Patrick has been suffering from seizures since he was two years old. At its worst, he was having one about every 10-14 days. He was on 7 different medications, each of which would help for a short time, but then the effectiveness would inevitably wear off after anywhere from a month to a year. Finally, after a long series of tests at the Children’s Hospital of Philadelphia (CHOP), the doctors were able to discover that a portion of his right front lobe had simply never formed correctly in the womb, and was now made up of largely dead cells, which were interfering with the electrical signals in his brain. After extensive consultation, and a meeting at CHOP where a roomful of people know more the brain than practically anyone in the world, it was decided to perform a lobectomy: basically, removing the portion of his right frontal lobe that wasn’t properly formed. We were told that it would probably be a piece about the size of a lemon.

After the surgery was over, we found out it actually ended up being about the size of a grapefruit.

The surgery took place at CHOP in June 2012. If you’ve paid close attention to my previous blogs, you’ll realize I was in a state-run 24/7 inpatient drug and alcohol rehab at that time. I had to jump through more hoops than I think any reasonable person would expect, when it concerns his son have major brain surgery. Thankfully, I was able to get out on two different occasions and spend a few days with him. My first arrival was after his skull was opened up, and a “grid” was placed directly on his brain to read whatever activity they could find.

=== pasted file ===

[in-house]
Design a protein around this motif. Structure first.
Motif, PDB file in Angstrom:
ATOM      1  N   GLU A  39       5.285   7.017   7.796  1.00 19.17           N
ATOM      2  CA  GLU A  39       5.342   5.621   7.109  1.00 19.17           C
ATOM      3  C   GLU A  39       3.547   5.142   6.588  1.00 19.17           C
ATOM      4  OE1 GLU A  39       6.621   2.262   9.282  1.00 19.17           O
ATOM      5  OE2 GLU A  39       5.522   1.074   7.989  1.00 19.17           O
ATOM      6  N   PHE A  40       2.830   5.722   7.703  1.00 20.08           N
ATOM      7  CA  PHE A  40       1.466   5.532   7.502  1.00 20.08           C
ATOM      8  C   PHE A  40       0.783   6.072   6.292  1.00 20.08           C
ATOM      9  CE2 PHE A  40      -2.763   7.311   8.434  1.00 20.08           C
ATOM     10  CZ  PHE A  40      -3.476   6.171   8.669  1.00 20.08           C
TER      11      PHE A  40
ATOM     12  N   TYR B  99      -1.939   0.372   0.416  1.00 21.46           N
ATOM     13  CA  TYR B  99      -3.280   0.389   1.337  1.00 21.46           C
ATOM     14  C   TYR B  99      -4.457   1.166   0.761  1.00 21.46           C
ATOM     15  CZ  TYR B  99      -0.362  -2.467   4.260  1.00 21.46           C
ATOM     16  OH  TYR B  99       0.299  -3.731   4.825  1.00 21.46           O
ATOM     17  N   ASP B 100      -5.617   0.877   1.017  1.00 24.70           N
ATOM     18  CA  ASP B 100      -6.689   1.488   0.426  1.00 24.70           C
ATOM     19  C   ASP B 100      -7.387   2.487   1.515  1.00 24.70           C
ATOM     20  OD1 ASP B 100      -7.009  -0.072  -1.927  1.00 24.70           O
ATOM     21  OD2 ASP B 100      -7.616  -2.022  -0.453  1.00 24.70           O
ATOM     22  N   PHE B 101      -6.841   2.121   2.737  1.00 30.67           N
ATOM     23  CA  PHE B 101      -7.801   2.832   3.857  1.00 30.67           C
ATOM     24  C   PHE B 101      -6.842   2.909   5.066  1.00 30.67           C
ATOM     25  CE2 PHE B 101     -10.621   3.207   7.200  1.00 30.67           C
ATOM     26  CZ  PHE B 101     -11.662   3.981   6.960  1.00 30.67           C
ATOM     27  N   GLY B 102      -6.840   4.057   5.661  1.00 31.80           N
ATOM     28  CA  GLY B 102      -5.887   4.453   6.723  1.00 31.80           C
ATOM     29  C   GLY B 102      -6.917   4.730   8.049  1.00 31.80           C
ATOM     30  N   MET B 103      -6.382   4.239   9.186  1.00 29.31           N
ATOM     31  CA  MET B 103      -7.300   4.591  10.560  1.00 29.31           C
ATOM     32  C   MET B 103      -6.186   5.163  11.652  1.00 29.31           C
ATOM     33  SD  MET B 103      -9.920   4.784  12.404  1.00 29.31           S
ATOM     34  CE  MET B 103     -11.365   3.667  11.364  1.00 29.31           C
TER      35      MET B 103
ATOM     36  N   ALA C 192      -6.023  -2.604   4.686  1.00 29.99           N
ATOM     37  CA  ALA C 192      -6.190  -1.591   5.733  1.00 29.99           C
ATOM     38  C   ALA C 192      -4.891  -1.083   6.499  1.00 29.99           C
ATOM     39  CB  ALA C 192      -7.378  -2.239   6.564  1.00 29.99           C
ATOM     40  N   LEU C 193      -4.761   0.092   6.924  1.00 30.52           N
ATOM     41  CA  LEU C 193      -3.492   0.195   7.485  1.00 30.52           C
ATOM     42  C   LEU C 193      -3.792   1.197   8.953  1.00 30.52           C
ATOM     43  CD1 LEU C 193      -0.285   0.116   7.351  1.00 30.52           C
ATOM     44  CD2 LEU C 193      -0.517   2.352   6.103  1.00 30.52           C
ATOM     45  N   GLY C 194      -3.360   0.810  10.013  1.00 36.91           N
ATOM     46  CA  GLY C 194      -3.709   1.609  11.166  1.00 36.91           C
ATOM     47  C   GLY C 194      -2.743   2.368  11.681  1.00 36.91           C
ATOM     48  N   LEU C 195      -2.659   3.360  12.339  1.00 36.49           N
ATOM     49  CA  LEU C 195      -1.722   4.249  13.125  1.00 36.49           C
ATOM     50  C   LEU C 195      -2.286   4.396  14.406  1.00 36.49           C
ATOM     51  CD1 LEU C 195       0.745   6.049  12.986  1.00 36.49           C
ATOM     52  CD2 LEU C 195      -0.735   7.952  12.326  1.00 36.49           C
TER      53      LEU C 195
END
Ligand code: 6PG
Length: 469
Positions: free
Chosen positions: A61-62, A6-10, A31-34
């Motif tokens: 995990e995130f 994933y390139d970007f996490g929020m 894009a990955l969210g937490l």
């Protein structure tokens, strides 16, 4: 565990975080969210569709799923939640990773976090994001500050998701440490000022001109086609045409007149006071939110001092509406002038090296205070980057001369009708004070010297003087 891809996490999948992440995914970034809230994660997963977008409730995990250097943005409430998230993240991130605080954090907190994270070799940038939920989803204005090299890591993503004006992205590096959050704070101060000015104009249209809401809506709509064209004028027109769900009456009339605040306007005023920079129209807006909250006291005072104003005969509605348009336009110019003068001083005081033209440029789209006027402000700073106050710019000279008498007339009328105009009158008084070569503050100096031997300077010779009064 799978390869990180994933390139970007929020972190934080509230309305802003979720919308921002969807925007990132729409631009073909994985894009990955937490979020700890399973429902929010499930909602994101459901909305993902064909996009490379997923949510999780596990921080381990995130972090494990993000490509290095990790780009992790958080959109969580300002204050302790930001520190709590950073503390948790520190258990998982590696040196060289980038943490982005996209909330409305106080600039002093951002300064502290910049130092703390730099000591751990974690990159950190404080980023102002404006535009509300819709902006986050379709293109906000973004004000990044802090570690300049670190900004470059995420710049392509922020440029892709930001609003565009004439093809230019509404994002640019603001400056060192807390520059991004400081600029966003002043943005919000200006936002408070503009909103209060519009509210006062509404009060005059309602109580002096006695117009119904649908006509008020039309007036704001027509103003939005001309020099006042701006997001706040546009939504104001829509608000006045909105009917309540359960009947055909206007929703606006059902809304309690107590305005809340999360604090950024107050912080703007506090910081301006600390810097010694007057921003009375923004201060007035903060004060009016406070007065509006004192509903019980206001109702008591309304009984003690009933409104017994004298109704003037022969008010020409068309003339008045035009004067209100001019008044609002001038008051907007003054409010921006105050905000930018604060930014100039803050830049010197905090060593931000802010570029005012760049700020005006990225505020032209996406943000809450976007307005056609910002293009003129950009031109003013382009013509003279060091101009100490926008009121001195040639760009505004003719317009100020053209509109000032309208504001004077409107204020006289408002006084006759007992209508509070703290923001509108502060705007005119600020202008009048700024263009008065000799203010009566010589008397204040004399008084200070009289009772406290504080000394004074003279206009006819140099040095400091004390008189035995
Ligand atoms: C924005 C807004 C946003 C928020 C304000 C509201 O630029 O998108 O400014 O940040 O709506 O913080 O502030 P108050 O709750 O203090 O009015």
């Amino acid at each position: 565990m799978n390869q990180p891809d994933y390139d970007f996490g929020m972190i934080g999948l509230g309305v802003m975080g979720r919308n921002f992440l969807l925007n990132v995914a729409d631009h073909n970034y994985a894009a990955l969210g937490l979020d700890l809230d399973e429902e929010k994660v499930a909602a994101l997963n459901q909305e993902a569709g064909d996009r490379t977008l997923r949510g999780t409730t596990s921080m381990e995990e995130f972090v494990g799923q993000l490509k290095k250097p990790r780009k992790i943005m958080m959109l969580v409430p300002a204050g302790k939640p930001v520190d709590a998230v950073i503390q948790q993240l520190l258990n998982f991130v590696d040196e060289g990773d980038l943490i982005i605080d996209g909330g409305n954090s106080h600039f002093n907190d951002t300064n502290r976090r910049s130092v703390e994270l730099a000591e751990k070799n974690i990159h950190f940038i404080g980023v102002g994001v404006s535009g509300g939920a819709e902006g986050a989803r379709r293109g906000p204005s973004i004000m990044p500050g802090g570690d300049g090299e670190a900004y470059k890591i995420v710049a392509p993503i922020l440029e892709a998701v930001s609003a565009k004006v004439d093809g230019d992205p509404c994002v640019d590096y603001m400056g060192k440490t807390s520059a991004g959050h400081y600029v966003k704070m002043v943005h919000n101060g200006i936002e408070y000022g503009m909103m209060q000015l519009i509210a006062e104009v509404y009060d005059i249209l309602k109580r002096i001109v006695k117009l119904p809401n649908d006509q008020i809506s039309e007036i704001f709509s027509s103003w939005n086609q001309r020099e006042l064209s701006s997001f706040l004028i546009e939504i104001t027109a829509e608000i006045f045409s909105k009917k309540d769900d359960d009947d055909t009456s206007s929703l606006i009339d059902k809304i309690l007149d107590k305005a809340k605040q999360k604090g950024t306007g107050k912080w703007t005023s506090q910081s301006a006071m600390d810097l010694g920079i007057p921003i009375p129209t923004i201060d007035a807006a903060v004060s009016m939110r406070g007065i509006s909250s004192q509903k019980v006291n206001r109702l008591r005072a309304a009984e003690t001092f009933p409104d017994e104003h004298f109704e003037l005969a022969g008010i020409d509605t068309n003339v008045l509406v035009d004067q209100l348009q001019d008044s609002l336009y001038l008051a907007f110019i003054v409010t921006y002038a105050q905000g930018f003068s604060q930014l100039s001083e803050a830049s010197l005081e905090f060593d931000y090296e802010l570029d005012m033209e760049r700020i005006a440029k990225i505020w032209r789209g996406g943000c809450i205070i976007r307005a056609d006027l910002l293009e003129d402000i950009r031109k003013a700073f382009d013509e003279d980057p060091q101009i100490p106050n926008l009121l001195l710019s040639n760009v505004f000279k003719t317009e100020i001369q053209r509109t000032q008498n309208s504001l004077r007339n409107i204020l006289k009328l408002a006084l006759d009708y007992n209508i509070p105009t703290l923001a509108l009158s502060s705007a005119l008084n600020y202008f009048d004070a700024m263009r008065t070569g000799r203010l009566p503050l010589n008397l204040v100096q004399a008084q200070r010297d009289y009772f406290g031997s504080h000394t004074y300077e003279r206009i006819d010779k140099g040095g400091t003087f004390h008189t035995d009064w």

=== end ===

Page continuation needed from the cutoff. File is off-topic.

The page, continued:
This was the image that greeted me when I walked into the room:

Thankfully, the surgery went off with almost no complications, and Patrick was home a week later. And despite having such a significant portion of his brain removed – talking to him, interacting with him, you couldn’t tell that anything had changed. There have been issues, of course – the right frontal lobe controls many of the “executive” functions of the brain, so Patrick struggles with things like sarcasm, and his emotional swings can be incredibly intense and INSTANT. There is no slow build-up: he goes from 0 to tantrum in a fraction of a second. Also, because of a variety of reasons, his emotional maturity is closer to that of an 8 or 9 year old much of the time. This is something we’re working on with a series of professional. But, Patrick has not had a seizure in over 14 months, and the doctors say the chances of him never having one again are good, and literally get better every day he doesn’t have one.